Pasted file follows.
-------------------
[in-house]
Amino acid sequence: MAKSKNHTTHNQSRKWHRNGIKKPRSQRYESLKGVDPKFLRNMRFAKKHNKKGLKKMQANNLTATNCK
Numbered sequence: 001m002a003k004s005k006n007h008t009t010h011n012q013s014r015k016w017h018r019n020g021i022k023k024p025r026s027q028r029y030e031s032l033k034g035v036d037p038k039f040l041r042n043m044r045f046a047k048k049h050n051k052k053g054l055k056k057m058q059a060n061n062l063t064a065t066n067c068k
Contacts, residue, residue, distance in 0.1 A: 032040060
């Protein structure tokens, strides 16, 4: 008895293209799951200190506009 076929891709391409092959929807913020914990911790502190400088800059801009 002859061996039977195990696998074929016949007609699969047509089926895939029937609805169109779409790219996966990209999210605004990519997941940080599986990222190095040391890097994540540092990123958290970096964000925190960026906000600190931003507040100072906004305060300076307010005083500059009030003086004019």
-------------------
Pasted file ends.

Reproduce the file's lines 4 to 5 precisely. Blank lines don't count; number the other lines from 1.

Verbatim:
Contacts, residue, residue, distance in 0.1 A: 032040060
């Protein structure tokens, strides 16, 4: 008895293209799951200190506009 076929891709391409092959929807913020914990911790502190400088800059801009 002859061996039977195990696998074929016949007609699969047509089926895939029937609805169109779409790219996966990209999210605004990519997941940080599986990222190095040391890097994540540092990123958290970096964000925190960026906000600190931003507040100072906004305060300076307010005083500059009030003086004019």